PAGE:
provides a number of conditions under which these discrepancies
will lead to the existence of systematic discounts for the mutual
fund's shares. In addition, the model provides predictions regarding
the correlation between current closed-end fund discounts and
current changes in stock prices and future changes in corporate
productivity. As the analysis shows, the same parameter values
that lead to systematic discounts also lead to other fund price
characteristics that resemble many of the results found within
This paper develops a simple technique for valuing European
and American derivatives with underlying asset risk-neutral returns
which depart from lognormal in terms of prespecified non-zero
skewness and greater-than-three kurtosis. Instead of specifying
the entire risk-neutral distribution by the riskless return and
volatility (as in the Black-Scholes case), this distribution
is specified by its third and fourth central moments as well.
An Edgeworth expansion is used to transform a standard binomial
density into a unimodal standardized discrete density -- evaluated
at equally-spaced points -- with approximately the prespecified
skewness and kurtosis. This density is in turn adjusted to have
a mean equal to the riskless return (adjusted for the payout
return, if any) and to a prespecified volatility. European derivatives
are then easily valued by using this risk-neutral density to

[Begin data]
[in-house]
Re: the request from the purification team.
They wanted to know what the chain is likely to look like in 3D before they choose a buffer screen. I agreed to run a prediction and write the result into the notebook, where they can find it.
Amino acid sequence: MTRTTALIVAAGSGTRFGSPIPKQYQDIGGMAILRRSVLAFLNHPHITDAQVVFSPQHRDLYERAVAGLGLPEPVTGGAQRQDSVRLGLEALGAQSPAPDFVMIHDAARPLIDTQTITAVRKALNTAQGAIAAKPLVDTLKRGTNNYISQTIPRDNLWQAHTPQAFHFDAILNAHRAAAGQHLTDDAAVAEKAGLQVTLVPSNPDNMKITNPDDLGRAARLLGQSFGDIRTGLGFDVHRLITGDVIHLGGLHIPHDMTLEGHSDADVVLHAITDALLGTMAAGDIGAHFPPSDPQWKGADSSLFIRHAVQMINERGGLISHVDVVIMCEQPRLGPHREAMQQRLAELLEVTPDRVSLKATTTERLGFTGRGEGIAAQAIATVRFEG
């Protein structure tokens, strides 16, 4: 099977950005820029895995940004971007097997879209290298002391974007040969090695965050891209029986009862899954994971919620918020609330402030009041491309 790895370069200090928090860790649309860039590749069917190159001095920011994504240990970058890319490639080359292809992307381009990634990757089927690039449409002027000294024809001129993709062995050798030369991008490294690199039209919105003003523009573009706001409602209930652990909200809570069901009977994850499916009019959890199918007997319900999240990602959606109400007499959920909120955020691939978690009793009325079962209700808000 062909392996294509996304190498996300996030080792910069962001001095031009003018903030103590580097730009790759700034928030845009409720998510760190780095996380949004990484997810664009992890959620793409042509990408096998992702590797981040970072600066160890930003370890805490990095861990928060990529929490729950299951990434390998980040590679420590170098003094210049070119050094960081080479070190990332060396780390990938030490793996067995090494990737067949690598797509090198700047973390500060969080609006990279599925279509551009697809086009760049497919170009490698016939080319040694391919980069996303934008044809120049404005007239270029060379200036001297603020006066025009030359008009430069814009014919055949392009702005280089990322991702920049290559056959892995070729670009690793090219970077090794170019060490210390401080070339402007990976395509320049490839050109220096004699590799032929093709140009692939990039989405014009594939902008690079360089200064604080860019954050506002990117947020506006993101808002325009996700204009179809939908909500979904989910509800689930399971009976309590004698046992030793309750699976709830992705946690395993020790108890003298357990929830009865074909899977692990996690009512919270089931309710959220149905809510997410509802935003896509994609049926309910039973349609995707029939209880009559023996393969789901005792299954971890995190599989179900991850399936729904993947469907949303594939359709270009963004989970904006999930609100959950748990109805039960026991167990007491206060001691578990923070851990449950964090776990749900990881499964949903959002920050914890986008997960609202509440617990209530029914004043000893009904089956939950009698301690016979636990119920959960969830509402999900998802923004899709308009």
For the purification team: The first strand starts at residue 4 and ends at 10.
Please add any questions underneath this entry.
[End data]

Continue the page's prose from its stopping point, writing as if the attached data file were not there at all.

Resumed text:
weight their possible payoffs.
European options with earlier maturities, American and exotic
options can be valued in a consistent manner by using the method
of implied binomial trees. These trees are particularly well-suited
for this since they are generated from arbitrary discrete expiration-date
risk-neutral probabilities -- precisely what is provided by the
The paper ends by translating several examples of alternative
risk-neutral distributions into option prices and then into Black-Scholes
implied volatility smiles. Implied trees are used to determine
smiles for otherwise identical shorter-maturing options and future
smiles for the original options conditional on knowing the future
underlying asset price.
Downloadable in PowerPoint .pps format only. Use Notes View.
Abstract: This paper shows how to decompose the dollar profit
earned from an option into two basic components: 1) mispricing
of the option relative to the asset at the time of purchase,